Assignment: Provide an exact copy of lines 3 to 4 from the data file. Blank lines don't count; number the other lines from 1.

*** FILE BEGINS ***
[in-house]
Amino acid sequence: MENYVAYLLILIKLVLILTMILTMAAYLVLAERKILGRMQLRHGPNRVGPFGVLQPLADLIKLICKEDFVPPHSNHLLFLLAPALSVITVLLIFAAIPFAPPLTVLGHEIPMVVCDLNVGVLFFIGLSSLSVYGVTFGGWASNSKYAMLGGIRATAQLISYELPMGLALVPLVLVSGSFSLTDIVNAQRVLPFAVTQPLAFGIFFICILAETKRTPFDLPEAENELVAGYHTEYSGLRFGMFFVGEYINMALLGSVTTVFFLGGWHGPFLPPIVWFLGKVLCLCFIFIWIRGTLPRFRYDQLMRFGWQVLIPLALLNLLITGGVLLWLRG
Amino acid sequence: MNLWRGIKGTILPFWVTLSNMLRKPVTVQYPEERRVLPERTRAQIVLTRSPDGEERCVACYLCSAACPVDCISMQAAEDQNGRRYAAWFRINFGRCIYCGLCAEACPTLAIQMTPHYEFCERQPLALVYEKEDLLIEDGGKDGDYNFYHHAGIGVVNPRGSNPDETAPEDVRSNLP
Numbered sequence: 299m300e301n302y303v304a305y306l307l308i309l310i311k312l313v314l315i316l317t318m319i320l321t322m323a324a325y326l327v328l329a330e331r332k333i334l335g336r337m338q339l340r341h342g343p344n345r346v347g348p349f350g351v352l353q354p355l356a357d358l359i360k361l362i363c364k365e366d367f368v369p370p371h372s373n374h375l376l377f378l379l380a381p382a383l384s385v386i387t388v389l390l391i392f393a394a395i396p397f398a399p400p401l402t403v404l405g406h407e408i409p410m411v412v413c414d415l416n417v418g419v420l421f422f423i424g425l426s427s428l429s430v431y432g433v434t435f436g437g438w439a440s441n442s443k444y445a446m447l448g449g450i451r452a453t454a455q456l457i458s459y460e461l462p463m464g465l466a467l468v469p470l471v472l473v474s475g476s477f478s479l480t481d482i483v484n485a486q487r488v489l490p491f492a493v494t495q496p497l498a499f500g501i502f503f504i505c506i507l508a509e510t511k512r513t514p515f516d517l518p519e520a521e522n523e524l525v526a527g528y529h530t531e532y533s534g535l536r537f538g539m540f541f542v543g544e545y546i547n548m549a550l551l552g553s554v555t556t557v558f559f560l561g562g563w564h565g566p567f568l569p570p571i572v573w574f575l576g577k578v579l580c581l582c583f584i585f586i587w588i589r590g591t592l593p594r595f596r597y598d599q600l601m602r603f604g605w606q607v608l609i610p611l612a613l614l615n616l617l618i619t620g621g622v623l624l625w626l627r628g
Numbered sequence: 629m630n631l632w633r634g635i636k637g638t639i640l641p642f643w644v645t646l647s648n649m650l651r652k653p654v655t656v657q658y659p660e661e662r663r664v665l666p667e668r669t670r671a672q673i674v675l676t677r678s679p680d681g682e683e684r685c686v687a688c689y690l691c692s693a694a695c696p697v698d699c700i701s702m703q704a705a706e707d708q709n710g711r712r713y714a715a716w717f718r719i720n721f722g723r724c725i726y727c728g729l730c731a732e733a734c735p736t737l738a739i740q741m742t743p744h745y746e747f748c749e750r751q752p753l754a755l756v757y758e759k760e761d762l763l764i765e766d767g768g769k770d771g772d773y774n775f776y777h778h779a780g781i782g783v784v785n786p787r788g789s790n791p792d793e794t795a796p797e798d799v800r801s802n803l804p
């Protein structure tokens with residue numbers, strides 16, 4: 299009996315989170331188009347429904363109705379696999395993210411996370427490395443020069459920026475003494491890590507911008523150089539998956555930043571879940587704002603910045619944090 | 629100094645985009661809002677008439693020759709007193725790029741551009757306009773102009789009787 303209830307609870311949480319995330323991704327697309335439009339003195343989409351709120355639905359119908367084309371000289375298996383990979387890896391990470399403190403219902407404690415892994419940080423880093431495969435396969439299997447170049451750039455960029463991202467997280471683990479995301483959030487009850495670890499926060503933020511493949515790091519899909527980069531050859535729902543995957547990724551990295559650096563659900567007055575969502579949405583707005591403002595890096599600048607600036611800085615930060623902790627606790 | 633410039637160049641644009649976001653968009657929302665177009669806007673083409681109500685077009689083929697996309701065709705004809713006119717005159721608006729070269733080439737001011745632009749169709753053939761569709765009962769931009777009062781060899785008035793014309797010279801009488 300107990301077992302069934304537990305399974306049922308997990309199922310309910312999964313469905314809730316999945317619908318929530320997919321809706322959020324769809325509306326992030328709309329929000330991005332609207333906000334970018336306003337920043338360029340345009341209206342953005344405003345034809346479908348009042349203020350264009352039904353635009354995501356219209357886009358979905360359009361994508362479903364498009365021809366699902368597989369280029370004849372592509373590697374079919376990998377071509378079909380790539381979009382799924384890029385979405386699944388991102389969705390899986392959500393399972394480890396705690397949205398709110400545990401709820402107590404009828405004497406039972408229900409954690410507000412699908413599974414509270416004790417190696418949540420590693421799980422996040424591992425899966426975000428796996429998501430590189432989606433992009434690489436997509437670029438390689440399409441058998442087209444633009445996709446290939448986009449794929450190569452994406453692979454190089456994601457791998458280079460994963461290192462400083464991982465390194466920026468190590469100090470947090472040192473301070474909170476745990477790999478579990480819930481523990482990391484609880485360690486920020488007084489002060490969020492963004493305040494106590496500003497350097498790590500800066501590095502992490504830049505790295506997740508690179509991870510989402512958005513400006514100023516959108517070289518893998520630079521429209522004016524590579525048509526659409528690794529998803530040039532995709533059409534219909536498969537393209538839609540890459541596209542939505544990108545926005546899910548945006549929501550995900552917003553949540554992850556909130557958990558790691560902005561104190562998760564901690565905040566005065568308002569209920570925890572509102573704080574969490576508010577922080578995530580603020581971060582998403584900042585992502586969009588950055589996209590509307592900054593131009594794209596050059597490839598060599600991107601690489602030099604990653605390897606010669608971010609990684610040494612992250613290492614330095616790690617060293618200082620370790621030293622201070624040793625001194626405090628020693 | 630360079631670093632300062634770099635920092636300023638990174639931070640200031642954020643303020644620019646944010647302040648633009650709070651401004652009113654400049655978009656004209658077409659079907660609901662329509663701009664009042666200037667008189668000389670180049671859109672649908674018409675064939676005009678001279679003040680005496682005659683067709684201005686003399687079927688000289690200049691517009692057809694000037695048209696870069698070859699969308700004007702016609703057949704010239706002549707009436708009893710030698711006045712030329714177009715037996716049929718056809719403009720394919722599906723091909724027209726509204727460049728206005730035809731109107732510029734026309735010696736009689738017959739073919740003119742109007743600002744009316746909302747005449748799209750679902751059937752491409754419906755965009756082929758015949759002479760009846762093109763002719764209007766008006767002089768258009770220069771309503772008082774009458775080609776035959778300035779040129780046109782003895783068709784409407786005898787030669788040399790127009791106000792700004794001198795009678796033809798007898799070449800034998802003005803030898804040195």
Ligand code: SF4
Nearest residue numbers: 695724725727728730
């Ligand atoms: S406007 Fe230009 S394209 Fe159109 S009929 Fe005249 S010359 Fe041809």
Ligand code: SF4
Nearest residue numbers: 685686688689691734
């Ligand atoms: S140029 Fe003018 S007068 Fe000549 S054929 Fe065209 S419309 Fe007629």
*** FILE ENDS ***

Amino acid sequence: MNLWRGIKGTILPFWVTLSNMLRKPVTVQYPEERRVLPERTRAQIVLTRSPDGEERCVACYLCSAACPVDCISMQAAEDQNGRRYAAWFRINFGRCIYCGLCAEACPTLAIQMTPHYEFCERQPLALVYEKEDLLIEDGGKDGDYNFYHHAGIGVVNPRGSNPDETAPEDVRSNLP
Numbered sequence: 299m300e301n302y303v304a305y306l307l308i309l310i311k312l313v314l315i316l317t318m319i320l321t322m323a324a325y326l327v328l329a330e331r332k333i334l335g336r337m338q339l340r341h342g343p344n345r346v347g348p349f350g351v352l353q354p355l356a357d358l359i360k361l362i363c364k365e366d367f368v369p370p371h372s373n374h375l376l377f378l379l380a381p382a383l384s385v386i387t388v389l390l391i392f393a394a395i396p397f398a399p400p401l402t403v404l405g406h407e408i409p410m411v412v413c414d415l416n417v418g419v420l421f422f423i424g425l426s427s428l429s430v431y432g433v434t435f436g437g438w439a440s441n442s443k444y445a446m447l448g449g450i451r452a453t454a455q456l457i458s459y460e461l462p463m464g465l466a467l468v469p470l471v472l473v474s475g476s477f478s479l480t481d482i483v484n485a486q487r488v489l490p491f492a493v494t495q496p497l498a499f500g501i502f503f504i505c506i507l508a509e510t511k512r513t514p515f516d517l518p519e520a521e522n523e524l525v526a527g528y529h530t531e532y533s534g535l536r537f538g539m540f541f542v543g544e545y546i547n548m549a550l551l552g553s554v555t556t557v558f559f560l561g562g563w564h565g566p567f568l569p570p571i572v573w574f575l576g577k578v579l580c581l582c583f584i585f586i587w588i589r590g591t592l593p594r595f596r597y598d599q600l601m602r603f604g605w606q607v608l609i610p611l612a613l614l615n616l617l618i619t620g621g622v623l624l625w626l627r628g